Emmy Award-winning actor Robert Guillaume is dead. He was 89.
Guillaume, most famous for his role as television's dry-witted butler, Benson Du Bois, died at home Oct. 24 in Los Angeles, reports the Daily Mail.
His death was confirmed by his widow, Donna Brown Guillaume. The cause was prostate cancer, she told The Associated Press, the Daily Mail reports. Robert portrayed his famous butler character first on the TV series "Soap," and then on the spinoff series, "Benson."
"Soap," a primetime TV sitcom, was so named because it satirized soap operas. The opening narration of each episode summarized what the show was about, notes TV Tropes:
This is the story of two sisters: Jessica Tate, and Mary Campbell.
Jessica lives in a neighborhood known as Rich. Jessica likes life. The only thing she would change about life, if she could, is that she would set it all to music. The Tates have more secrets than they do money.
Mary, too, likes life. Unfortunately, life doesn't seem too crazy about her. As you can see, the Campbells don't have nearly as much money as the Tates. They do, however, have as many secrets...
As the wise butler for the Tates, "Benson" saw through the shenanigans of both families, and knew their secrets.
"Soap" also made a star of actor Billy Crystal, whose character "Jodie Dallas" was the first openly gay character on television. Crystal played the groundbreaking role without any trace of homosexual stereotyping.
As for the role of Benson, Robert recalled in 2001: "The minute I saw the script, I knew I had a live one. Every role was written against type, especially Benson, who wasn't subservient to anyone. To me, Benson was the revenge for all those stereotyped guys who looked like Benson in the '40s and '50s movies and had to keep their mouths shut."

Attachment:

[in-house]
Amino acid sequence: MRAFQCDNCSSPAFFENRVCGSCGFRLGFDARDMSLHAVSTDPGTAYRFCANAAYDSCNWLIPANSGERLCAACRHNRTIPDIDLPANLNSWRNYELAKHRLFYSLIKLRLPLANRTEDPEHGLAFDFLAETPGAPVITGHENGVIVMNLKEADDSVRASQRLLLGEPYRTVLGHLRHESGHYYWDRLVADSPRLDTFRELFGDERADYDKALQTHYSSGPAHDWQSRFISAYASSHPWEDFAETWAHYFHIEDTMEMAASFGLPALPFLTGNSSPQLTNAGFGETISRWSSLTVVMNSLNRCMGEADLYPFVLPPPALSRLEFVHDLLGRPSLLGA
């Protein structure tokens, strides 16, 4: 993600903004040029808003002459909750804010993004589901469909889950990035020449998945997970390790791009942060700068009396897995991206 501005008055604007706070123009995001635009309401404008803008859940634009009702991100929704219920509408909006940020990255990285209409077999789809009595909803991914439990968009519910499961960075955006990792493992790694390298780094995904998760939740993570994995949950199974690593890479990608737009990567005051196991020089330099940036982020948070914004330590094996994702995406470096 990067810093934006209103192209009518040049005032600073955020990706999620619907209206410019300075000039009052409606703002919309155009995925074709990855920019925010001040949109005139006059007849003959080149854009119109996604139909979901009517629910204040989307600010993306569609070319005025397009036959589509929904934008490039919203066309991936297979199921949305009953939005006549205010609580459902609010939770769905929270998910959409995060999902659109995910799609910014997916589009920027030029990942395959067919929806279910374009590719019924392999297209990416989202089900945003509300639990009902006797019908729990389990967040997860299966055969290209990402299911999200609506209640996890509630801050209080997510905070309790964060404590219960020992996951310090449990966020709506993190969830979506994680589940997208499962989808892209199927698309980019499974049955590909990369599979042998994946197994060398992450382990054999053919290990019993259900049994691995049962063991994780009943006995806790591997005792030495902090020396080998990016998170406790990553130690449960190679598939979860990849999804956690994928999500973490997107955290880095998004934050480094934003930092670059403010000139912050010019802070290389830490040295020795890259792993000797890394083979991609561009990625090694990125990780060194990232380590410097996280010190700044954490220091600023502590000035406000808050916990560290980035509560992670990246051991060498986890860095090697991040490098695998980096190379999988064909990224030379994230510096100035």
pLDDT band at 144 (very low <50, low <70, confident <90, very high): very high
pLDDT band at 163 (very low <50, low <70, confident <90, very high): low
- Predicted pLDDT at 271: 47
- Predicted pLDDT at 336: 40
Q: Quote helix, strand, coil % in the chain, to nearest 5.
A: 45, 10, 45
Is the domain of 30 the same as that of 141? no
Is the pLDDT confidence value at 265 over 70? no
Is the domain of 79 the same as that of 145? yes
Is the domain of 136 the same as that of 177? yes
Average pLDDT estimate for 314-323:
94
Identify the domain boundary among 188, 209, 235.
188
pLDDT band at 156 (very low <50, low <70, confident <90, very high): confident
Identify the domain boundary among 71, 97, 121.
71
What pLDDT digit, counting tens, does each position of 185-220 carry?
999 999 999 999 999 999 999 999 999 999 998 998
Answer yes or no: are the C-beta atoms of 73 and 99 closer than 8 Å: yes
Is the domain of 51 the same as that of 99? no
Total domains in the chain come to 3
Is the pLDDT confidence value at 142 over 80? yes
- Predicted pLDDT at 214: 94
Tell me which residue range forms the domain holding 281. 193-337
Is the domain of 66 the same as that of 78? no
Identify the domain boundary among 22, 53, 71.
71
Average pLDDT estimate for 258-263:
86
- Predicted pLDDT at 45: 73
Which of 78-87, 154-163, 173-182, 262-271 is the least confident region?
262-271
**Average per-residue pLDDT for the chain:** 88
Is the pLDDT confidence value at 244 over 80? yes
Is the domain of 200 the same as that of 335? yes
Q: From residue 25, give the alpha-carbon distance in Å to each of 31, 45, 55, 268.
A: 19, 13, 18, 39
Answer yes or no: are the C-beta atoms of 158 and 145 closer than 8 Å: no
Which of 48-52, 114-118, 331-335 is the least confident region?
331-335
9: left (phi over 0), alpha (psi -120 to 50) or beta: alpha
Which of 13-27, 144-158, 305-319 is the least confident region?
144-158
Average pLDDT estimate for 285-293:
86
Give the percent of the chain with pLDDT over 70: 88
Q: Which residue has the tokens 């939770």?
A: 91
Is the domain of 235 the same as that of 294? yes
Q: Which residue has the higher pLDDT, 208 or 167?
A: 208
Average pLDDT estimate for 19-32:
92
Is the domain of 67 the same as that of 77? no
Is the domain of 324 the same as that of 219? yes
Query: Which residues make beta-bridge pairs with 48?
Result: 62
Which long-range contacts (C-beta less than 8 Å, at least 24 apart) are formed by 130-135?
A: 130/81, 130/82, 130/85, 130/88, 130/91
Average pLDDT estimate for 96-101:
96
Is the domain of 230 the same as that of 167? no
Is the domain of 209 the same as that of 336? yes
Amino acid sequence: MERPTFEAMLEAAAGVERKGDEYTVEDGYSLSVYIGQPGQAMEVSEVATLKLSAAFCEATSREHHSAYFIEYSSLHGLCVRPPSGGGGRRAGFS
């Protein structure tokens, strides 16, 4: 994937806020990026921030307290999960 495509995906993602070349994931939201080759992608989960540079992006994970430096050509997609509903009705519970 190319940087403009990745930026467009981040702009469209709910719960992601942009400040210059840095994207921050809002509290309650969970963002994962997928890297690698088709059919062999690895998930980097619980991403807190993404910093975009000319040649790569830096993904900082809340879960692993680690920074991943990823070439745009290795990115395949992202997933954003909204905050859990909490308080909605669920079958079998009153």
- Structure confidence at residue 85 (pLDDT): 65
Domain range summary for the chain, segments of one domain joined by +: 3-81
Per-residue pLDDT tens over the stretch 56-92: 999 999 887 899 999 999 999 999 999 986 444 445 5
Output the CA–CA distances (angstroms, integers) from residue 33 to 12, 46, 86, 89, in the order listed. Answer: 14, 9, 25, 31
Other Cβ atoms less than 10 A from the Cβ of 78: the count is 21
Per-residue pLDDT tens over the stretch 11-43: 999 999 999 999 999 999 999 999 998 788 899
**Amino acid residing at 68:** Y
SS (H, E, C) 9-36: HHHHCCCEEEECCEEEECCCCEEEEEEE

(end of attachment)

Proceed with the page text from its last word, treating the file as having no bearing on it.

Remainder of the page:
Robert's work on "Soap" garnered him an Emmy in 1979 for outstanding supporting actor in a comedy series.
For his "Benson" series, which lasted from 1979 to 1986, he was promoted from butler of a wealthy family to the position of state governor's director of household affairs. His character's wise counsel to the governor eventually led to his appointment as state budget director, lieutenant governor and candidate for governor.
The show brought Robert his second Emmy, this time for outstanding lead actor in a comedy series. He was the first black actor to win that award.
Also an accomplished singer, he earned a Tony nomination in 1977 for his performance in the first all-black version of "Guys and Dolls," and he was the first African-American to sing the title role of "Phantom of the Opera."
His movie credits include "Meteor Man," "First Kid," and "Spy Hard." He also won a Grammy for spoken word recording for the animated film "The Lion King."
Born Robert Peter Williams in 1927, he adopted the stage name Guillaume, a French version of Williams, believing the change would give him distinction.